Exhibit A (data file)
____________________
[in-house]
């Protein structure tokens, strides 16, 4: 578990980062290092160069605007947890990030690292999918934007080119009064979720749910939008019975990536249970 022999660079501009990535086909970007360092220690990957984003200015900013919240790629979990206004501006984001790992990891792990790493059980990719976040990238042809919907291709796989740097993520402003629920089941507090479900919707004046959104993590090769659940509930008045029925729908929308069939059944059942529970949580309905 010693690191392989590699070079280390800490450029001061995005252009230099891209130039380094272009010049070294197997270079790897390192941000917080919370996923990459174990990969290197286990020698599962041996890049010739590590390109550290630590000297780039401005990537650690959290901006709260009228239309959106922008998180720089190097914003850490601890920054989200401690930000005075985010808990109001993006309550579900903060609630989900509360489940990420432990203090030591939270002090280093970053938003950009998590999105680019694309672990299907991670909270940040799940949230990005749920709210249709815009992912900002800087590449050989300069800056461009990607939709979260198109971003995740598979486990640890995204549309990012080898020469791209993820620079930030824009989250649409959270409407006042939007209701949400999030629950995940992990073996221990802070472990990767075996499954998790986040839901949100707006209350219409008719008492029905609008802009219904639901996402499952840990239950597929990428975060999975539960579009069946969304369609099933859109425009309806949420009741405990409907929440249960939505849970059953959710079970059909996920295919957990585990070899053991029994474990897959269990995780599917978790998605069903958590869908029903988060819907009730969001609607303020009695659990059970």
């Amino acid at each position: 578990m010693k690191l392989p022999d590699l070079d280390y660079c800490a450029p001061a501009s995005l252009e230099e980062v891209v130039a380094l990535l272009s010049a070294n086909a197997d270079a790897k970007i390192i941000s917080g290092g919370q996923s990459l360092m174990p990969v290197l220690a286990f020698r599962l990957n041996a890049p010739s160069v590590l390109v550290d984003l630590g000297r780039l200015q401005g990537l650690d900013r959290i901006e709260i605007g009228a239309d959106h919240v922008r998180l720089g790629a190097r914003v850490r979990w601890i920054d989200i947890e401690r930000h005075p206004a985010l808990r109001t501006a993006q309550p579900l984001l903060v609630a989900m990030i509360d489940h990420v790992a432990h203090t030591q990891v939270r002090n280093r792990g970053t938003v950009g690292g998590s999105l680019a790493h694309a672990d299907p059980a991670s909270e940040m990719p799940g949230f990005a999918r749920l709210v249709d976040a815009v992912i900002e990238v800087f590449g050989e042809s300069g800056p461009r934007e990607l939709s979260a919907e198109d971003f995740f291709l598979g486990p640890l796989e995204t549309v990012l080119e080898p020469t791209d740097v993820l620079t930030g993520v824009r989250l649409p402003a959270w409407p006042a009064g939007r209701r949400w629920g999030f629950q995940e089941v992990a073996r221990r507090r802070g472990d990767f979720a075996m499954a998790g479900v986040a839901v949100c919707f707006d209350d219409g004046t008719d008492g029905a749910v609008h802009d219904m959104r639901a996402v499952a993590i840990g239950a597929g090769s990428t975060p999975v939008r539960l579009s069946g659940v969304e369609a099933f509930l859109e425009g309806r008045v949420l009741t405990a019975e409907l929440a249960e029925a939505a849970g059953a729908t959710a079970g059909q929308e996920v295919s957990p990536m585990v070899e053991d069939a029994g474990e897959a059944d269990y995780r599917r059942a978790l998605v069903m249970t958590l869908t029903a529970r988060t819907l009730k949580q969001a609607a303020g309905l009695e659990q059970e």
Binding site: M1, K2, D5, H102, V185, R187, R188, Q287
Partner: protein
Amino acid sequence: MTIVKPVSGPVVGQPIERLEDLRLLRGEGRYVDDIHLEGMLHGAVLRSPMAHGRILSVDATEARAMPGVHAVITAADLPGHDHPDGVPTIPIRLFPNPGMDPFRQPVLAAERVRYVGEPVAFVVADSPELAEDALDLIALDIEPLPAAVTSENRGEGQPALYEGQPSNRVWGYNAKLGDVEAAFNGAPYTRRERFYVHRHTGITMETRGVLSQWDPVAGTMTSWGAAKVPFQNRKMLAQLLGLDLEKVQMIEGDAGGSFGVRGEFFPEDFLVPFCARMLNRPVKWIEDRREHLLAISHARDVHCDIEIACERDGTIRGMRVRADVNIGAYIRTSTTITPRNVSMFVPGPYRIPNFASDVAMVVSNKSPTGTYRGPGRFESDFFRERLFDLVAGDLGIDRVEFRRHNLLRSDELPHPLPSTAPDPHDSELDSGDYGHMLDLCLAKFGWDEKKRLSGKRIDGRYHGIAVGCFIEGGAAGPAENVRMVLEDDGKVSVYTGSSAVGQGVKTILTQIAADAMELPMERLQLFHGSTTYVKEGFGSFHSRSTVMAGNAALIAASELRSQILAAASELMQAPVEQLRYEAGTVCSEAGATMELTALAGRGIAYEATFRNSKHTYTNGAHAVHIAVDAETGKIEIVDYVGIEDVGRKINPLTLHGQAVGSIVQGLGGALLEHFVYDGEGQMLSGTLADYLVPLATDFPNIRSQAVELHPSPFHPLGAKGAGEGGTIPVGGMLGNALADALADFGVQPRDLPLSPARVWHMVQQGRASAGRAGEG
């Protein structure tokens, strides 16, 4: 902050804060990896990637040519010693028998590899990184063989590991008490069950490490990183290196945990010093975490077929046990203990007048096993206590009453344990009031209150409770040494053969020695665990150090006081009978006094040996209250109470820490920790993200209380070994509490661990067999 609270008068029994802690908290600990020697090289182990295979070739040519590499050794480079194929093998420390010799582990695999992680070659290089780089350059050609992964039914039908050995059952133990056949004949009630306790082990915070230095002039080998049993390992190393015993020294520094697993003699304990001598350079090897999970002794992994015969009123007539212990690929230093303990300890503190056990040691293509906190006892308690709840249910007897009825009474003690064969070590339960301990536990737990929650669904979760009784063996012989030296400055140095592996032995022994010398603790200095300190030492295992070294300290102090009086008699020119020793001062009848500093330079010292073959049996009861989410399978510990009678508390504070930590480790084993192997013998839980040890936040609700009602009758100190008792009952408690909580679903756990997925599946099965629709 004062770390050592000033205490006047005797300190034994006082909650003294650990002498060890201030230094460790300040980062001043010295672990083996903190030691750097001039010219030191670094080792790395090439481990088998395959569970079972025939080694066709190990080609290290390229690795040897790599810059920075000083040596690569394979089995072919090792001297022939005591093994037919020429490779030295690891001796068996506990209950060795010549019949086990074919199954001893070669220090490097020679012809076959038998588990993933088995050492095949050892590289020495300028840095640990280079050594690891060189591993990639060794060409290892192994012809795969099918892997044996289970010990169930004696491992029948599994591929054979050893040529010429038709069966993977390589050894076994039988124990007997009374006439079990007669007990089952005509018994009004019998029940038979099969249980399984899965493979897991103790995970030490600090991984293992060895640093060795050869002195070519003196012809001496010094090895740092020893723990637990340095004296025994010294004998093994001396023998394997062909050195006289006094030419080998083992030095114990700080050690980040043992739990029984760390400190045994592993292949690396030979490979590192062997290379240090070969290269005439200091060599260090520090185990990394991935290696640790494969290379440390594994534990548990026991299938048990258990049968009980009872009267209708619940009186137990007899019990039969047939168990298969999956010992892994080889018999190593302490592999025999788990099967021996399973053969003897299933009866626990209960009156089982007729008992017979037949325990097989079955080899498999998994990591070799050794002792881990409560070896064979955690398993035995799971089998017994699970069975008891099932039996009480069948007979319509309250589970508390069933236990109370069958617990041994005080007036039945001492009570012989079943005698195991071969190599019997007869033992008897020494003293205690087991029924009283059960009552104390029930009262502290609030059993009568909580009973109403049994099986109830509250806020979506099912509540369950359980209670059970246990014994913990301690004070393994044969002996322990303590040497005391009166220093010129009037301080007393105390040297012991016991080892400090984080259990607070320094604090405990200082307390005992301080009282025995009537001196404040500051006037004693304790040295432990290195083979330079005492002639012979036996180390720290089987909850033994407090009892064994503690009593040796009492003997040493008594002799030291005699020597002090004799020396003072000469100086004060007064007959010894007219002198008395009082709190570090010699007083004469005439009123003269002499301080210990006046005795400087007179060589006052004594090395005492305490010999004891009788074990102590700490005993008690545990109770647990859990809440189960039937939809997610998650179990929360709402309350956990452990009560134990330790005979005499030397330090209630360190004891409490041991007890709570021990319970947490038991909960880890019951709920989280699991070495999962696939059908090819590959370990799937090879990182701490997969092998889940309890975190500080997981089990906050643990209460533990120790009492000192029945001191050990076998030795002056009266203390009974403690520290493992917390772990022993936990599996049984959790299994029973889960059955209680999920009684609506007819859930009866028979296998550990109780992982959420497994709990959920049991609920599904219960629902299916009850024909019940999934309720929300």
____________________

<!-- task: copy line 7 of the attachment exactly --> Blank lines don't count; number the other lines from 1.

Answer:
């Protein structure tokens, strides 16, 4: 902050804060990896990637040519010693028998590899990184063989590991008490069950490490990183290196945990010093975490077929046990203990007048096993206590009453344990009031209150409770040494053969020695665990150090006081009978006094040996209250109470820490920790993200209380070994509490661990067999 609270008068029994802690908290600990020697090289182990295979070739040519590499050794480079194929093998420390010799582990695999992680070659290089780089350059050609992964039914039908050995059952133990056949004949009630306790082990915070230095002039080998049993390992190393015993020294520094697993003699304990001598350079090897999970002794992994015969009123007539212990690929230093303990300890503190056990040691293509906190006892308690709840249910007897009825009474003690064969070590339960301990536990737990929650669904979760009784063996012989030296400055140095592996032995022994010398603790200095300190030492295992070294300290102090009086008699020119020793001062009848500093330079010292073959049996009861989410399978510990009678508390504070930590480790084993192997013998839980040890936040609700009602009758100190008792009952408690909580679903756990997925599946099965629709 004062770390050592000033205490006047005797300190034994006082909650003294650990002498060890201030230094460790300040980062001043010295672990083996903190030691750097001039010219030191670094080792790395090439481990088998395959569970079972025939080694066709190990080609290290390229690795040897790599810059920075000083040596690569394979089995072919090792001297022939005591093994037919020429490779030295690891001796068996506990209950060795010549019949086990074919199954001893070669220090490097020679012809076959038998588990993933088995050492095949050892590289020495300028840095640990280079050594690891060189591993990639060794060409290892192994012809795969099918892997044996289970010990169930004696491992029948599994591929054979050893040529010429038709069966993977390589050894076994039988124990007997009374006439079990007669007990089952005509018994009004019998029940038979099969249980399984899965493979897991103790995970030490600090991984293992060895640093060795050869002195070519003196012809001496010094090895740092020893723990637990340095004296025994010294004998093994001396023998394997062909050195006289006094030419080998083992030095114990700080050690980040043992739990029984760390400190045994592993292949690396030979490979590192062997290379240090070969290269005439200091060599260090520090185990990394991935290696640790494969290379440390594994534990548990026991299938048990258990049968009980009872009267209708619940009186137990007899019990039969047939168990298969999956010992892994080889018999190593302490592999025999788990099967021996399973053969003897299933009866626990209960009156089982007729008992017979037949325990097989079955080899498999998994990591070799050794002792881990409560070896064979955690398993035995799971089998017994699970069975008891099932039996009480069948007979319509309250589970508390069933236990109370069958617990041994005080007036039945001492009570012989079943005698195991071969190599019997007869033992008897020494003293205690087991029924009283059960009552104390029930009262502290609030059993009568909580009973109403049994099986109830509250806020979506099912509540369950359980209670059970246990014994913990301690004070393994044969002996322990303590040497005391009166220093010129009037301080007393105390040297012991016991080892400090984080259990607070320094604090405990200082307390005992301080009282025995009537001196404040500051006037004693304790040295432990290195083979330079005492002639012979036996180390720290089987909850033994407090009892064994503690009593040796009492003997040493008594002799030291005699020597002090004799020396003072000469100086004060007064007959010894007219002198008395009082709190570090010699007083004469005439009123003269002499301080210990006046005795400087007179060589006052004594090395005492305490010999004891009788074990102590700490005993008690545990109770647990859990809440189960039937939809997610998650179990929360709402309350956990452990009560134990330790005979005499030397330090209630360190004891409490041991007890709570021990319970947490038991909960880890019951709920989280699991070495999962696939059908090819590959370990799937090879990182701490997969092998889940309890975190500080997981089990906050643990209460533990120790009492000192029945001191050990076998030795002056009266203390009974403690520290493992917390772990022993936990599996049984959790299994029973889960059955209680999920009684609506007819859930009866028979296998550990109780992982959420497994709990959920049991609920599904219960629902299916009850024909019940999934309720929300």